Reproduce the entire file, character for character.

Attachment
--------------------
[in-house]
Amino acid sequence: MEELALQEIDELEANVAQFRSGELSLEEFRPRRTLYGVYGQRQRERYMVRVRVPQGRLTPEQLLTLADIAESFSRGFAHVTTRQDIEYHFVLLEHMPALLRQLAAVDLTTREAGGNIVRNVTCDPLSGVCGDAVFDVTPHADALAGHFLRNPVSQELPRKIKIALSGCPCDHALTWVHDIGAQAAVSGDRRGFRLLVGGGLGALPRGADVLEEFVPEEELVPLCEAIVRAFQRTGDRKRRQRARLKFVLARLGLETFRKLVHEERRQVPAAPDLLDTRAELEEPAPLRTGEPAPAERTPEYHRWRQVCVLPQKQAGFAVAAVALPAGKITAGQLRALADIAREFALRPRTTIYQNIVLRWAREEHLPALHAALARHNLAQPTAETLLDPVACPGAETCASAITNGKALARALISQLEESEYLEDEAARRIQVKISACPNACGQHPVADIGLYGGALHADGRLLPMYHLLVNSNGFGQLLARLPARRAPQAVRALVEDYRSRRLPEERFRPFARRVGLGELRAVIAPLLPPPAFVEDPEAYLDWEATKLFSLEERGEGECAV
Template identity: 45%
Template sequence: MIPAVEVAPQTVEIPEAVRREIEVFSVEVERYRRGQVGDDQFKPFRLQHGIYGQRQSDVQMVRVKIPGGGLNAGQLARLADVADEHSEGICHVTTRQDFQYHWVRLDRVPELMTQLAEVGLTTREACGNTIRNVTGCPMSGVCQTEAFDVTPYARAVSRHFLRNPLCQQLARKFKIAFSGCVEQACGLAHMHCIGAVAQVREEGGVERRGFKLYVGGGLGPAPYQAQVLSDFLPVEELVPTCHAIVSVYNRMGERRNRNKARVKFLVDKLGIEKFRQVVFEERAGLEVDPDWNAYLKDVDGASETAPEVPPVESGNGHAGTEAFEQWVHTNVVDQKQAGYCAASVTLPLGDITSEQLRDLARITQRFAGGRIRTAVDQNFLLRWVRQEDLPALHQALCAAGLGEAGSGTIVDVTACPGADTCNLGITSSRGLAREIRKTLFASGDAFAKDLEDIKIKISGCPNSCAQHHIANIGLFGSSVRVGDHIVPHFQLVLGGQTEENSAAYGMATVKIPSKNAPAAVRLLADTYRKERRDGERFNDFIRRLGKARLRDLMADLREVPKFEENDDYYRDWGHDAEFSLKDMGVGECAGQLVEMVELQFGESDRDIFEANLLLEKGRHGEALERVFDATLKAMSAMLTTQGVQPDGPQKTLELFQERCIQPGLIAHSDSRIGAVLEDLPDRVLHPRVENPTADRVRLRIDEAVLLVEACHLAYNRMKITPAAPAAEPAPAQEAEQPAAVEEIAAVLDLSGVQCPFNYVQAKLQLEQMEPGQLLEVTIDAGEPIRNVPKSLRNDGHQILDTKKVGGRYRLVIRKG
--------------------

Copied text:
[in-house]
Amino acid sequence: MEELALQEIDELEANVAQFRSGELSLEEFRPRRTLYGVYGQRQRERYMVRVRVPQGRLTPEQLLTLADIAESFSRGFAHVTTRQDIEYHFVLLEHMPALLRQLAAVDLTTREAGGNIVRNVTCDPLSGVCGDAVFDVTPHADALAGHFLRNPVSQELPRKIKIALSGCPCDHALTWVHDIGAQAAVSGDRRGFRLLVGGGLGALPRGADVLEEFVPEEELVPLCEAIVRAFQRTGDRKRRQRARLKFVLARLGLETFRKLVHEERRQVPAAPDLLDTRAELEEPAPLRTGEPAPAERTPEYHRWRQVCVLPQKQAGFAVAAVALPAGKITAGQLRALADIAREFALRPRTTIYQNIVLRWAREEHLPALHAALARHNLAQPTAETLLDPVACPGAETCASAITNGKALARALISQLEESEYLEDEAARRIQVKISACPNACGQHPVADIGLYGGALHADGRLLPMYHLLVNSNGFGQLLARLPARRAPQAVRALVEDYRSRRLPEERFRPFARRVGLGELRAVIAPLLPPPAFVEDPEAYLDWEATKLFSLEERGEGECAV
Template identity: 45%
Template sequence: MIPAVEVAPQTVEIPEAVRREIEVFSVEVERYRRGQVGDDQFKPFRLQHGIYGQRQSDVQMVRVKIPGGGLNAGQLARLADVADEHSEGICHVTTRQDFQYHWVRLDRVPELMTQLAEVGLTTREACGNTIRNVTGCPMSGVCQTEAFDVTPYARAVSRHFLRNPLCQQLARKFKIAFSGCVEQACGLAHMHCIGAVAQVREEGGVERRGFKLYVGGGLGPAPYQAQVLSDFLPVEELVPTCHAIVSVYNRMGERRNRNKARVKFLVDKLGIEKFRQVVFEERAGLEVDPDWNAYLKDVDGASETAPEVPPVESGNGHAGTEAFEQWVHTNVVDQKQAGYCAASVTLPLGDITSEQLRDLARITQRFAGGRIRTAVDQNFLLRWVRQEDLPALHQALCAAGLGEAGSGTIVDVTACPGADTCNLGITSSRGLAREIRKTLFASGDAFAKDLEDIKIKISGCPNSCAQHHIANIGLFGSSVRVGDHIVPHFQLVLGGQTEENSAAYGMATVKIPSKNAPAAVRLLADTYRKERRDGERFNDFIRRLGKARLRDLMADLREVPKFEENDDYYRDWGHDAEFSLKDMGVGECAGQLVEMVELQFGESDRDIFEANLLLEKGRHGEALERVFDATLKAMSAMLTTQGVQPDGPQKTLELFQERCIQPGLIAHSDSRIGAVLEDLPDRVLHPRVENPTADRVRLRIDEAVLLVEACHLAYNRMKITPAAPAAEPAPAQEAEQPAAVEEIAAVLDLSGVQCPFNYVQAKLQLEQMEPGQLLEVTIDAGEPIRNVPKSLRNDGHQILDTKKVGGRYRLVIRKG